We followed this approach in Gardetto v. Mason, 100 F.3d 803, 808 (10th Cir. 1996), in which a college counselor claimed that she had been suspended and demoted in retaliation for six instances of speech. When assessing on appeal whether each instance was on a matter of public concern, we emphasized that “the focus is on the motive of the speaker.” Gardetto, 100 F.3d at 814 (citing McEvoy, 882 F.2d at 466). For example, in holding that the plaintiff’s criticism of a college workforce-reduction policy was on a matter of public concern, we said that even though she “could have been motivated partially by her desire to keep her job or her staff,” the evidence showed that she was “primarily motivated” by concern about the lack of objectivity in the proposed procedures. Id. On the other hand, a separate instance of speech was not on a matter of public concern because the plaintiff “was primarily motivated by her personal interest.” Id.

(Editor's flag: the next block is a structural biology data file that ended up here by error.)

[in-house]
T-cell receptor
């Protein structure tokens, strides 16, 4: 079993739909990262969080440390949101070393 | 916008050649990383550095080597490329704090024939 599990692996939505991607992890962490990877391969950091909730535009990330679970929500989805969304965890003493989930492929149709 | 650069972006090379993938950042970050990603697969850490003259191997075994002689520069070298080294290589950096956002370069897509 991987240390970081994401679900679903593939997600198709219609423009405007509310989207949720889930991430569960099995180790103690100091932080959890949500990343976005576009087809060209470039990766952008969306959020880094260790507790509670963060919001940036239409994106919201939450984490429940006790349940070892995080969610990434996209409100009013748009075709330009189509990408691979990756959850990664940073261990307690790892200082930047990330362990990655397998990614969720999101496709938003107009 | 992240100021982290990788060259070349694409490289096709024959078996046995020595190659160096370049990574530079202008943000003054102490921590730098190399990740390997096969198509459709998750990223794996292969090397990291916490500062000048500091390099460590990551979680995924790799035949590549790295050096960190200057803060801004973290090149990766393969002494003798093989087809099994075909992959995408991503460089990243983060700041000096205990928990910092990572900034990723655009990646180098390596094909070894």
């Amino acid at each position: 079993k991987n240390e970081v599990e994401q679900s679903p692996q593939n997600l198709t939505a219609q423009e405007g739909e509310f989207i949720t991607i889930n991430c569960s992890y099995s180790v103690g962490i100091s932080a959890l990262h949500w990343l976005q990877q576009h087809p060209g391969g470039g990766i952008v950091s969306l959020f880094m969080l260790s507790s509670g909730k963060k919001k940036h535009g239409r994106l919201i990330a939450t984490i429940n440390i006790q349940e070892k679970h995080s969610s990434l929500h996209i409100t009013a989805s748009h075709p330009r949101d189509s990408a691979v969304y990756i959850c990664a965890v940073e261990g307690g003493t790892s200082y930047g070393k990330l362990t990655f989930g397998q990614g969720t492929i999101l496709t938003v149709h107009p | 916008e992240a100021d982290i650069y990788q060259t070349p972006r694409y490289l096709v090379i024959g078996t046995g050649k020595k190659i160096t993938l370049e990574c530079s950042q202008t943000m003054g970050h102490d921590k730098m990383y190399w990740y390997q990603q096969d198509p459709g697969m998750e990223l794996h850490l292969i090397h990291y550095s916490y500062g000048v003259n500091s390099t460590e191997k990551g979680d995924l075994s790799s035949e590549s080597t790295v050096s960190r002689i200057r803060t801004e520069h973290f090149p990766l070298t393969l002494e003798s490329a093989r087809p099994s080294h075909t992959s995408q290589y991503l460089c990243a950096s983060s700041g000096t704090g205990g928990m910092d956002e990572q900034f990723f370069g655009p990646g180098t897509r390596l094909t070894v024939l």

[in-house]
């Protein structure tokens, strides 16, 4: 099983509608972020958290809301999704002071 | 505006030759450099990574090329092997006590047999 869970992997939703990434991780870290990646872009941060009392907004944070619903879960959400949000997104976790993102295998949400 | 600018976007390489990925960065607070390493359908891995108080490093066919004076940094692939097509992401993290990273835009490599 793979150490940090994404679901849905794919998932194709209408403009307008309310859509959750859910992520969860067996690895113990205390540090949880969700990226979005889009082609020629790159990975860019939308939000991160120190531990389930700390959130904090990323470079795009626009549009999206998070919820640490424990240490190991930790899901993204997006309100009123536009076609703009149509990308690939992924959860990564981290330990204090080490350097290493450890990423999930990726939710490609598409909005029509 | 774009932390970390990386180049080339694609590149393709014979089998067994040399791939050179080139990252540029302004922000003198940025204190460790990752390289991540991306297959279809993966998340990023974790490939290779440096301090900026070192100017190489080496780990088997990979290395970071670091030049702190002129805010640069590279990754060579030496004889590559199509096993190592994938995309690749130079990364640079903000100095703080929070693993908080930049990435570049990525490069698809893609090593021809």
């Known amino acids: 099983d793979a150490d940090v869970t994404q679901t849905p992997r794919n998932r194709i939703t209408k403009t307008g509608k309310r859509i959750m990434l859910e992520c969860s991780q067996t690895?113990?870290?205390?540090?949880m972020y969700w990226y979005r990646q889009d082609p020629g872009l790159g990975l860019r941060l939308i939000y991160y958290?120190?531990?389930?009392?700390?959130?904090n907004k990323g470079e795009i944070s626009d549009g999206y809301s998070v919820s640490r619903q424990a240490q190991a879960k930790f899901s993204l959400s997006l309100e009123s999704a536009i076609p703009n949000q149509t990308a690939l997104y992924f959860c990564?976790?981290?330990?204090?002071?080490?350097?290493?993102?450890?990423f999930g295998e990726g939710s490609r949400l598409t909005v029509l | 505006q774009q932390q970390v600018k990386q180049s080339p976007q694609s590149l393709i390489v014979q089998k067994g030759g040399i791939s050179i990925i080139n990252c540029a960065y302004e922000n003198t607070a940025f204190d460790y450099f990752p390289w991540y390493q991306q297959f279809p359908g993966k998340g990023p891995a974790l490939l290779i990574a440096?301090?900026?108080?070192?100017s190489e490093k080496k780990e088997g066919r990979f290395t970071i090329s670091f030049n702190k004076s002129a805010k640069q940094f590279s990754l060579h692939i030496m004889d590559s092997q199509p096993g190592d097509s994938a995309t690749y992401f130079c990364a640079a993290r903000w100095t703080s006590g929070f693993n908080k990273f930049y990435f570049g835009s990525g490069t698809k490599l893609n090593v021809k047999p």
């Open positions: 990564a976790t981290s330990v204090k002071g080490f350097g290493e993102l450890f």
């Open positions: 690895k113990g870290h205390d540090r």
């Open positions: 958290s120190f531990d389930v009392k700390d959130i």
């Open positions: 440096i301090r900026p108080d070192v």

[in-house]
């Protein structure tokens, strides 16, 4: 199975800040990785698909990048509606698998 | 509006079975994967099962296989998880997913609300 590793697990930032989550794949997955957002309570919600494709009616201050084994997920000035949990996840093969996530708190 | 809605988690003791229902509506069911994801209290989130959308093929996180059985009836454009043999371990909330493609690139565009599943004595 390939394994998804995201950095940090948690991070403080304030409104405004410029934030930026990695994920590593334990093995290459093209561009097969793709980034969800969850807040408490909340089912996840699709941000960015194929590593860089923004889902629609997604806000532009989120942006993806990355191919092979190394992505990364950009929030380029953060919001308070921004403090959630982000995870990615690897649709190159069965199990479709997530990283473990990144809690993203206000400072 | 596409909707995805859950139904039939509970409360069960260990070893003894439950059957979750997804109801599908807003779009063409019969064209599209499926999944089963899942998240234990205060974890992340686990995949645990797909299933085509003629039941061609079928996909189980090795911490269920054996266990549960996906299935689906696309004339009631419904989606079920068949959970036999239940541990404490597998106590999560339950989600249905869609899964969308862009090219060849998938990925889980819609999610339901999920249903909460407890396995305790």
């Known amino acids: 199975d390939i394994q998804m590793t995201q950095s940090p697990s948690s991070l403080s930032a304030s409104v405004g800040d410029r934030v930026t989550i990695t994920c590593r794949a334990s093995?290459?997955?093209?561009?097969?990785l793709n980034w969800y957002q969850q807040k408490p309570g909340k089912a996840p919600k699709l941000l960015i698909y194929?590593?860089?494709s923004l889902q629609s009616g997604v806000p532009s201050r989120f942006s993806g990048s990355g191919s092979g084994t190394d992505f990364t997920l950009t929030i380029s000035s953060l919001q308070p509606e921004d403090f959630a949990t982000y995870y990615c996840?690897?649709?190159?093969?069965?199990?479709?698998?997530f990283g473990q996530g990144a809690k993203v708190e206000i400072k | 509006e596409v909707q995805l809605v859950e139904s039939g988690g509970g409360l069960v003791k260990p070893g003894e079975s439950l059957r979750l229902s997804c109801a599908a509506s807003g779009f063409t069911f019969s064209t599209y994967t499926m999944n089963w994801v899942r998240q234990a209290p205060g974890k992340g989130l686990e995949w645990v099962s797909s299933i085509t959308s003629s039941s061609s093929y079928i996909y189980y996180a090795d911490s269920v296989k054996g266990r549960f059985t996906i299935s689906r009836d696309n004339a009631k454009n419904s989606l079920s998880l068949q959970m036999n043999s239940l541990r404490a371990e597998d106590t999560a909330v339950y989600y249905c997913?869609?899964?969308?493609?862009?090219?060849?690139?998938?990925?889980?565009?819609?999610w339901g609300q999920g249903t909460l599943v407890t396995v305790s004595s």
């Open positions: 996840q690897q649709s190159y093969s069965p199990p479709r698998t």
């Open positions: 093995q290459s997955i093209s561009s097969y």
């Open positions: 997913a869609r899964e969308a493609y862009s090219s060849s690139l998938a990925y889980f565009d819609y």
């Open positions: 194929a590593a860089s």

Likewise, in Lighton v. University of Utah, 209 F.3d 1213, 1220–21 (10th Cir. 2000), we affirmed a summary judgment against a professor who alleged that he was punished for speaking out about his colleague’s unauthorized use of lab equipment. We held that the professor’s speech was not on an issue of public concern because his “principal aim” was not to disclose government misconduct but to harm or influence his colleague. Id. at 1225.